Palestinian American

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Palestinian AmericanPalestinianamerican.png
Edward Said
John E. Sununu
Dean Obeidallah
Fredwreck
John H. Sununu
Naomi Shihab Nye
Justin Amash
Casey Kasem
DJ Khaled
Nathalie Handal
Ralph Bakshi
Total population
72,112[1]-252,000[2]
Regions with significant populations
North Jersey and New York metropolitan area; also Michigan, California, Texas, Pennsylvania, Arizona
Languages
American English
Palestinian Arabic
Hebrew
Aramaic
Religion
Predominantly Christians and Muslims; some Jewish
Related ethnic groups
Israeli Americans, Jewish Americans, Jordanian Americans, Syrian Americans, Lebanese Americans, Turkish Americans and other groups from the Levant

Palestinian Americans (Arabic: الأميركيون الفلسطينيون‎) (Hebrew: אמריקאים פלסטיניים‎) are Americans of Palestinian ancestry. It is difficult to say when the first Palestinian immigrants arrived at the United States; however, many of the first immigrants to arrive were Christians escaping persecution from the Ottoman Empire in the late 19th century. Others came as a result of the tension during the 1948 Arab–Israeli War and the 1967 Six-Day War.

History[edit]

The New York metropolitan area, including North Jersey, is home to the largest Palestinian population in the United States.

The first Palestinians who emigrated to the United States arrived after 1908 and were Christians. Later the first Palestinian Muslims emigrated to the United States. Palestinian emigration began to reduce since 1924, with the law limiting the number immigrants, as well as the Great Depression. The population began to increase after World War II: the Arab-Israeli War, the Nakba, and the foundation of the state of Israel in 1948 caused many Palestinian to immigrate, most as refugees. However, the greatest wave of Palestinian immigration began in 1967 after the Six-Day War, or as Arabs call it the June War. This wave of immigrants reached its peak in the 1980s. Most Palestinians that immigrated to the United States in this period were more educated than the Palestinians that arrived until 1967, thanks to the schools sponsored by the ONU and the increased of the university in the Middle East.[3]

Demographics[edit]

Paterson, New Jersey, within the New York metropolitan area, is home to Little Istanbul or Little Ramallah, the largest Palestinian American and Turkish American enclave.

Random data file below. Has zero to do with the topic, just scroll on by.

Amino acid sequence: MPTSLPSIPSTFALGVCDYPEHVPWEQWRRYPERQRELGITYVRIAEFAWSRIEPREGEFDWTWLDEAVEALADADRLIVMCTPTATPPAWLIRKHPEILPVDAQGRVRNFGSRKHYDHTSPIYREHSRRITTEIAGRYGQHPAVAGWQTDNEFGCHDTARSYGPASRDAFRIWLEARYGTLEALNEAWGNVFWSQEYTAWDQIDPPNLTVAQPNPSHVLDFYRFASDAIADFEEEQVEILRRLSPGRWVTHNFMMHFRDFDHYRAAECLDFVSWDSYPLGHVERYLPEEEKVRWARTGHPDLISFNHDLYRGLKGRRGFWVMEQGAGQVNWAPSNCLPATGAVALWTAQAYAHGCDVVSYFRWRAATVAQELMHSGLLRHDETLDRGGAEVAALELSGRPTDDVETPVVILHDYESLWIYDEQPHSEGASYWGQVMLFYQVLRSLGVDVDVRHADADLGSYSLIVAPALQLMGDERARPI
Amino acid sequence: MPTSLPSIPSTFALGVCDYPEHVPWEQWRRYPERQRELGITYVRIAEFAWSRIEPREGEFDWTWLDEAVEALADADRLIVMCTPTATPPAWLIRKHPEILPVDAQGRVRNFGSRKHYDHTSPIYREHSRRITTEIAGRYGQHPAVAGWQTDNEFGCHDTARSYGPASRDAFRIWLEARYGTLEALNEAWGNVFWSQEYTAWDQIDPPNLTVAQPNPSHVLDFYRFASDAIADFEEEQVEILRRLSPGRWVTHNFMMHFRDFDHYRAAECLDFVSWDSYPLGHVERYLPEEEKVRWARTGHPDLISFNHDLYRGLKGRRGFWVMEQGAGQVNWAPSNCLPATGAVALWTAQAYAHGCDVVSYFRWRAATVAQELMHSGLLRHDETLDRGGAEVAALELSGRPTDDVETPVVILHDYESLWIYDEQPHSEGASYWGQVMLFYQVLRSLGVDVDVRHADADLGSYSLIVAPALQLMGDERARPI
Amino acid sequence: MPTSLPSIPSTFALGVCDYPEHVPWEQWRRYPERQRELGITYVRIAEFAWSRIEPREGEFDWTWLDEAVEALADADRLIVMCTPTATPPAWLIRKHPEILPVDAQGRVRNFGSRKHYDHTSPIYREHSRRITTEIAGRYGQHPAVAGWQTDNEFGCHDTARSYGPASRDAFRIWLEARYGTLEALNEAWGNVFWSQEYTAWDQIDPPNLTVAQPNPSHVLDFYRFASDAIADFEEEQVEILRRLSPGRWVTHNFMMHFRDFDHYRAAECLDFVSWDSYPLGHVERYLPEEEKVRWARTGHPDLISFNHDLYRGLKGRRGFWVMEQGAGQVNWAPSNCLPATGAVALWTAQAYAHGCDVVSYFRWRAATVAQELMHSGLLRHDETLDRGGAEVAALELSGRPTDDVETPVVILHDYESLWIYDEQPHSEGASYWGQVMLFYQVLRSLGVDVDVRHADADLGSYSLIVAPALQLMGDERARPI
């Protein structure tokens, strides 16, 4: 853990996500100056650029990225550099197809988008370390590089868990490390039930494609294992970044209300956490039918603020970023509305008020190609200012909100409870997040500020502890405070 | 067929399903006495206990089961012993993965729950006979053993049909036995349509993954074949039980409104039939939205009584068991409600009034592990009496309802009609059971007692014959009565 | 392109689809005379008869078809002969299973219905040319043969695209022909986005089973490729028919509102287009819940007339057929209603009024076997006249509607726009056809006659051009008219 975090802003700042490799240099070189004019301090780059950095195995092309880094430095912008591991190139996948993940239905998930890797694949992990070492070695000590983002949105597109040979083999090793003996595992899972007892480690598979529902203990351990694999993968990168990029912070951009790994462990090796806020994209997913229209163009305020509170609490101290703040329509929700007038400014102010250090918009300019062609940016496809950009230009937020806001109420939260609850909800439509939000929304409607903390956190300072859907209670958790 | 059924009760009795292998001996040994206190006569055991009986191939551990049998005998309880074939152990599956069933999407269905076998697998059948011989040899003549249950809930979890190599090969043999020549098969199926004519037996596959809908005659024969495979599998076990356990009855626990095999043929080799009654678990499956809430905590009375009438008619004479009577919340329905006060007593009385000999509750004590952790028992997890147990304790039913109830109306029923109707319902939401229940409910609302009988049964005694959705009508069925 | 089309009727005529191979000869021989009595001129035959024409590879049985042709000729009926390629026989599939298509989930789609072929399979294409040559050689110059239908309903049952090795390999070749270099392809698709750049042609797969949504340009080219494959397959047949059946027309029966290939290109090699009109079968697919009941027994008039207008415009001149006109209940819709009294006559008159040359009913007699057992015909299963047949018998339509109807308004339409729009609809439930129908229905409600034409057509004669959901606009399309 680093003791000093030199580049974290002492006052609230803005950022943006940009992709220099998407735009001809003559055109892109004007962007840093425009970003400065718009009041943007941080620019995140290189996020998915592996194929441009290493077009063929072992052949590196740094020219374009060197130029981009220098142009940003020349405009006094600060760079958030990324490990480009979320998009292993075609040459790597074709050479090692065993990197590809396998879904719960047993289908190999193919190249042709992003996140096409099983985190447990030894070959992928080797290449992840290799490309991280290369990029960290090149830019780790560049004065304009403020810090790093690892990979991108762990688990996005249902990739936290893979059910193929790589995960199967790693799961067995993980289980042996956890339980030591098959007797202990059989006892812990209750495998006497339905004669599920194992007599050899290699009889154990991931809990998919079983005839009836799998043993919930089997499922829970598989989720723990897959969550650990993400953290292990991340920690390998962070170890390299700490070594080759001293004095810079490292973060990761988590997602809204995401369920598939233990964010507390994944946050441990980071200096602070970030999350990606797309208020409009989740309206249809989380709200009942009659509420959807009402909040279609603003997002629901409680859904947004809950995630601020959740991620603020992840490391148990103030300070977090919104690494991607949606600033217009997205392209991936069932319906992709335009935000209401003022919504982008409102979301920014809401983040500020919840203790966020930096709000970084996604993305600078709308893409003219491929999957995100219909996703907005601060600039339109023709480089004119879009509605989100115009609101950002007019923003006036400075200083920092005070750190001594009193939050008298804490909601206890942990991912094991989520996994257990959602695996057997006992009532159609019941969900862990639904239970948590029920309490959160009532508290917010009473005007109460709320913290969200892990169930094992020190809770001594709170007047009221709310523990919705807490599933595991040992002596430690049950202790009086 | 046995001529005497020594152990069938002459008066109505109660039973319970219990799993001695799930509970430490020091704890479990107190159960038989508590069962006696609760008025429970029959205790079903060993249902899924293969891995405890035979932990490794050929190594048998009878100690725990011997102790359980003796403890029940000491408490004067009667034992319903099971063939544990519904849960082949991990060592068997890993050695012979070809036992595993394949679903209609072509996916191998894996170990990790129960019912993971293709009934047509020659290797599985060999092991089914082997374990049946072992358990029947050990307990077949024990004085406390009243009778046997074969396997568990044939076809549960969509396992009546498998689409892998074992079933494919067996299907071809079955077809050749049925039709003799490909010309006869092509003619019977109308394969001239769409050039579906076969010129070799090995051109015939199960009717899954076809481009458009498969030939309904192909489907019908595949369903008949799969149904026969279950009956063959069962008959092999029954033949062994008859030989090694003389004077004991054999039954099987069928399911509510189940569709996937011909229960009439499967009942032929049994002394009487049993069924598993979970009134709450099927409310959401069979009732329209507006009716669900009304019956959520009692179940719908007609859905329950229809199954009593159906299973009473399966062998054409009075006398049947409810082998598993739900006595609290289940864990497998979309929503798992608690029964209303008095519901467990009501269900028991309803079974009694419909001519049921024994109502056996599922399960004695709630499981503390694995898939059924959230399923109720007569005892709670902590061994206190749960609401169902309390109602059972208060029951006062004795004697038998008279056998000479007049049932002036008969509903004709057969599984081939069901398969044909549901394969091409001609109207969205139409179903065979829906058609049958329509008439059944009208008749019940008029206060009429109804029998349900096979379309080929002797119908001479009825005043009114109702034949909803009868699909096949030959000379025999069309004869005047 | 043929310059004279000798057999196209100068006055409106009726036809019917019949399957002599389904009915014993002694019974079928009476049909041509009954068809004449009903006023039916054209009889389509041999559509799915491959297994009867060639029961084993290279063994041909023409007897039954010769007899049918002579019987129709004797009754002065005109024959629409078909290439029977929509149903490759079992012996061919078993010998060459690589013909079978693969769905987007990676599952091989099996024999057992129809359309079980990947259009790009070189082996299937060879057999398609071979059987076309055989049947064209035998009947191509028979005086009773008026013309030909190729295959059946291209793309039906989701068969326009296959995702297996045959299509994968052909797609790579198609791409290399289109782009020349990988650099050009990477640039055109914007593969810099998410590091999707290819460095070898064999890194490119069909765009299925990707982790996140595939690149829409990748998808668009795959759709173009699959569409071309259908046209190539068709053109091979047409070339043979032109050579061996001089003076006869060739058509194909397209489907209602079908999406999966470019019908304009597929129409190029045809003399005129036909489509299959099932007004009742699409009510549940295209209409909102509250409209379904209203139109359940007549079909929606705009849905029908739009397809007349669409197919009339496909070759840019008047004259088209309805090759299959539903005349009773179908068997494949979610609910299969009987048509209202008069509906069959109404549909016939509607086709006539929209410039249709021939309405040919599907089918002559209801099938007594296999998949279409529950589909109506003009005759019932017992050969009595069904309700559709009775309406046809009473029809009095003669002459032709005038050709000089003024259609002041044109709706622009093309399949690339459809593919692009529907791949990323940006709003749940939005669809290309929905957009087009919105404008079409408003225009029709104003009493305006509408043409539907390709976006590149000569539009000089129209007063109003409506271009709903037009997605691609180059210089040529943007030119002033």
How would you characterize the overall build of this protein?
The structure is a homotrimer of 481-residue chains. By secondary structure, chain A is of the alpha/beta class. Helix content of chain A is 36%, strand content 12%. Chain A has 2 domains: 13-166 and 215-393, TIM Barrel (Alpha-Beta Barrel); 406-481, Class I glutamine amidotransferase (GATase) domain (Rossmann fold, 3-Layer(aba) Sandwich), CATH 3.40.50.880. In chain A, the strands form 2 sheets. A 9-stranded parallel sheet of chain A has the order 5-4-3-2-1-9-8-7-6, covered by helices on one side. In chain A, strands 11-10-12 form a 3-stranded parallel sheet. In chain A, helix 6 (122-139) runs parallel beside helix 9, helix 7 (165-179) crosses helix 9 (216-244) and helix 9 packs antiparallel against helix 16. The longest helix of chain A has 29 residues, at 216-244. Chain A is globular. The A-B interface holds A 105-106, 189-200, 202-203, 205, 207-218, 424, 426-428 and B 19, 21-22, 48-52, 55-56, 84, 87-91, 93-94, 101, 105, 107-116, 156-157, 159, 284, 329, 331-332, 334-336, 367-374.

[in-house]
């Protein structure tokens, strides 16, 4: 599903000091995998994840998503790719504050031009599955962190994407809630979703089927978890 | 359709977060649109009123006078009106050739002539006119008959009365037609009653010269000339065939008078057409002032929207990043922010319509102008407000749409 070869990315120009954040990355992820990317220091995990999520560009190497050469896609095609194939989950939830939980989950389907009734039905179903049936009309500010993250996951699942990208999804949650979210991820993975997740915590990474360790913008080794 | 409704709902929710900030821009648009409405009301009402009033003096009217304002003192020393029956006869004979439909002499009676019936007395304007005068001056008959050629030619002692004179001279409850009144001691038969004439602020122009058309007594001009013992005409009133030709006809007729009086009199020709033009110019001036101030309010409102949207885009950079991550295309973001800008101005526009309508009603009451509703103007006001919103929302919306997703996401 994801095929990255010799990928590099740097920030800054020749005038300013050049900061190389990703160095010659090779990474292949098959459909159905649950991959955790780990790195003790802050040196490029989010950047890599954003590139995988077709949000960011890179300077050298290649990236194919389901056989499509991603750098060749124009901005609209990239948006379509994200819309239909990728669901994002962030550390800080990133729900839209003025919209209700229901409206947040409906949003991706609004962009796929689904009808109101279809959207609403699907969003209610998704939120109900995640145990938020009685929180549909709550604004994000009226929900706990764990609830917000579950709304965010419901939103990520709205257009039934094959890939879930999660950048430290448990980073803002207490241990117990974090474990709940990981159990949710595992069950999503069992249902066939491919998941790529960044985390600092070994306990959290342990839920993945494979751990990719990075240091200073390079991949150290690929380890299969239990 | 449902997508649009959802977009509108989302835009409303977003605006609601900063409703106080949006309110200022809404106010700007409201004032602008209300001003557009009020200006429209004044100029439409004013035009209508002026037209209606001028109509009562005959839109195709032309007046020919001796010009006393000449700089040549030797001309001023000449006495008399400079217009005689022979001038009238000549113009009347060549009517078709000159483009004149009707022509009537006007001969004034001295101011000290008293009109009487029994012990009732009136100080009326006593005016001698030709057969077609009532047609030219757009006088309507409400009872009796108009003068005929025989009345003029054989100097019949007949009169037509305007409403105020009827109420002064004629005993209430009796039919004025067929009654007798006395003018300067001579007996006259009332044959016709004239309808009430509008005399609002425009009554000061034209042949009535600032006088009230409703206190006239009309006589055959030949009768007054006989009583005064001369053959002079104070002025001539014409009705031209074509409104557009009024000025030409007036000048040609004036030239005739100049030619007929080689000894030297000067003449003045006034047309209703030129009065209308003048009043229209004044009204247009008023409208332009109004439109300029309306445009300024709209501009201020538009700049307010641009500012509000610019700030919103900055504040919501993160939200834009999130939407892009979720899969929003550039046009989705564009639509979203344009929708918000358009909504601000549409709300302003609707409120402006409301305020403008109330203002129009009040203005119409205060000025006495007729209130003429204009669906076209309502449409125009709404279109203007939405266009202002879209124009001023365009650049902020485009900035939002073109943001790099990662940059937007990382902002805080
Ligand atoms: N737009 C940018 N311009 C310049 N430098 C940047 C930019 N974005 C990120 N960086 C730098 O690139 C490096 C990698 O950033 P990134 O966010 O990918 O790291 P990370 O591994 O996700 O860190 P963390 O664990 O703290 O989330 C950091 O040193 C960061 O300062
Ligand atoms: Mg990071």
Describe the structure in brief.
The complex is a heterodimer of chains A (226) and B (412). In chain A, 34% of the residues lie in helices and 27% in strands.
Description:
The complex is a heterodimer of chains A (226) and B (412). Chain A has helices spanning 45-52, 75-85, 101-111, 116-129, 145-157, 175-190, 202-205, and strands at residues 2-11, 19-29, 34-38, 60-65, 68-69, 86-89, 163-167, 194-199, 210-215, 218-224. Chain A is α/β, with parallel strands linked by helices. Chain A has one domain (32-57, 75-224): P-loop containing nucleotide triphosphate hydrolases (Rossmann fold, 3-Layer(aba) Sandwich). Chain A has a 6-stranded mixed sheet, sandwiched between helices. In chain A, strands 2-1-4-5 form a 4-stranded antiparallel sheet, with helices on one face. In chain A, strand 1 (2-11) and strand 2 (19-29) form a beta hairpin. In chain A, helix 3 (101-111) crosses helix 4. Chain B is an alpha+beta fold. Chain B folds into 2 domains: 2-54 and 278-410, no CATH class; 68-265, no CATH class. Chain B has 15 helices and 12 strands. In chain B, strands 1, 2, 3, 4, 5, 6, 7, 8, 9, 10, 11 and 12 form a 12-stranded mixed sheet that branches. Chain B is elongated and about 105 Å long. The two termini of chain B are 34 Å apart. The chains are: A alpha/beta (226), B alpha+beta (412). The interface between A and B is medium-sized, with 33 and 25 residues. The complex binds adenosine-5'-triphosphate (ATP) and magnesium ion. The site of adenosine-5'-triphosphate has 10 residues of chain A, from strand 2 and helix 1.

Many Palestinians settled down in the metropolitan areas of New York City, Paterson in Northern New Jersey, San Francisco, Los Angeles, San Diego, Phoenix, Miami, Chicago, Detroit, and Cleveland alongside other Mediterranean communities, including the Lebanese, Syrians, Turks, Greeks, Italians, and Egyptians.

According to the 2000 United States Census, there were 72,112 people of Palestinian ancestry living in the United States. However, The Arab American Institute Foundation estimates the figure at 252,000 while the Palestinian American Council puts it at 179,000 (1999).

It is clearly understood that Palestinians, most of them practicing Christians of the Eastern Orthodox variety established large communities in the Americas, among them Chile in South America.

Education[edit]

In the United States approximately 46% of Palestinians have at least a college degree, compared to 18% of the American population.[4] The study of culture and the Arabic language is increasingly important among Palestinians, especially in college and graduate school. Thus, also some Palestinian or Arab organizations are working to monitor and improve the teaching of Arab history and culture in the American schools.[3]

Language and culture[edit]

Palestinian culture is a blend of Eastern Mediterranean influences. Palestinians share commonalities with nearby Levantine peoples, including Israelis and Jews, Egyptians, Lebanese, Syrians, and Jordanians. Palestinians speak Palestinian Arabic.

See also[edit]

References[edit]

  1. ^ "The Arab Population: 2000". US Census. December 2003. Retrieved 25 January 2014. 
  2. ^ The Arab American Institute Foundation
  3. ^ a b Palestinian Americans by Ken Kurson. Retrieved December 07, 2011, to 19:11 pm.
  4. ^ Educational Attainment in the United States: 2012 - USCB. Retrieved June 25, 2013.

External links[edit]